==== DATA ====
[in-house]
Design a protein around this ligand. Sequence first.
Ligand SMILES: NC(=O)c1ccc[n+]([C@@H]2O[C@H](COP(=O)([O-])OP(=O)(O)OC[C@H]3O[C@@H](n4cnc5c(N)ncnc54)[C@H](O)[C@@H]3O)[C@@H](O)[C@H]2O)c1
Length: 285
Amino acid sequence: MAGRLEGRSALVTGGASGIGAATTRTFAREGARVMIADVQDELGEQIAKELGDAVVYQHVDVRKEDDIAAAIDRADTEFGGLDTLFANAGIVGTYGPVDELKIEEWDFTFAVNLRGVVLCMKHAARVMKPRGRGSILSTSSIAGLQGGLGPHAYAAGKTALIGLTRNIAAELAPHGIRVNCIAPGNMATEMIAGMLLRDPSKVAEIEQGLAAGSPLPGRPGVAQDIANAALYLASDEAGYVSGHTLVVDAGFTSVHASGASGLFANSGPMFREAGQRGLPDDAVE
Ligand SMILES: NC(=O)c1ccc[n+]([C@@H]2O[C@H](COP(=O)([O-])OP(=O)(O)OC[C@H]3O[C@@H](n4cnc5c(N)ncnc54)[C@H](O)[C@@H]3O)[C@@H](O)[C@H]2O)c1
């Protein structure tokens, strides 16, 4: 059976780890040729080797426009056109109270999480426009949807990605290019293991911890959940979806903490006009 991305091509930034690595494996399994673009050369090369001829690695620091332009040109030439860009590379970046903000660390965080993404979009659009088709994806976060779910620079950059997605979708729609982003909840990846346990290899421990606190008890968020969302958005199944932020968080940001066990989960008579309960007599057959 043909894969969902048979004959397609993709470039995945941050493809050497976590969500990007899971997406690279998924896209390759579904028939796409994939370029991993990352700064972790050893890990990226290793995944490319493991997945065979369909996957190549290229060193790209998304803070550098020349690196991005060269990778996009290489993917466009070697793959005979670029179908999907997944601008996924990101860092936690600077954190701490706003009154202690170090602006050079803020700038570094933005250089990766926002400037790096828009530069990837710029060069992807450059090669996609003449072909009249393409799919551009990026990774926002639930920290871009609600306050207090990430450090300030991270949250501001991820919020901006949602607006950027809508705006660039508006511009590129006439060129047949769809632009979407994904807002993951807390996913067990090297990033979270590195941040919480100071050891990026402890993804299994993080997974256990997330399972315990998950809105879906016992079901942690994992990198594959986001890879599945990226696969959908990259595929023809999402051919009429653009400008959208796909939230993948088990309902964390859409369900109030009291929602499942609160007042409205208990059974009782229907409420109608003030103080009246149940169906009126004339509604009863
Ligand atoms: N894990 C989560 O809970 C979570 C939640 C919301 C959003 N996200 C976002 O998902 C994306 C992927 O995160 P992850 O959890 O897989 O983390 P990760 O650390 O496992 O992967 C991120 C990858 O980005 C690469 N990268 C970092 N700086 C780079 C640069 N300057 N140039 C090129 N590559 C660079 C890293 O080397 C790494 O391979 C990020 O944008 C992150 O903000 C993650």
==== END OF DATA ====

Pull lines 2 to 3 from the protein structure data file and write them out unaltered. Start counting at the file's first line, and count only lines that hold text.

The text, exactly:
Design a protein around this ligand. Sequence first.
Ligand SMILES: NC(=O)c1ccc[n+]([C@@H]2O[C@H](COP(=O)([O-])OP(=O)(O)OC[C@H]3O[C@@H](n4cnc5c(N)ncnc54)[C@H](O)[C@@H]3O)[C@@H](O)[C@H]2O)c1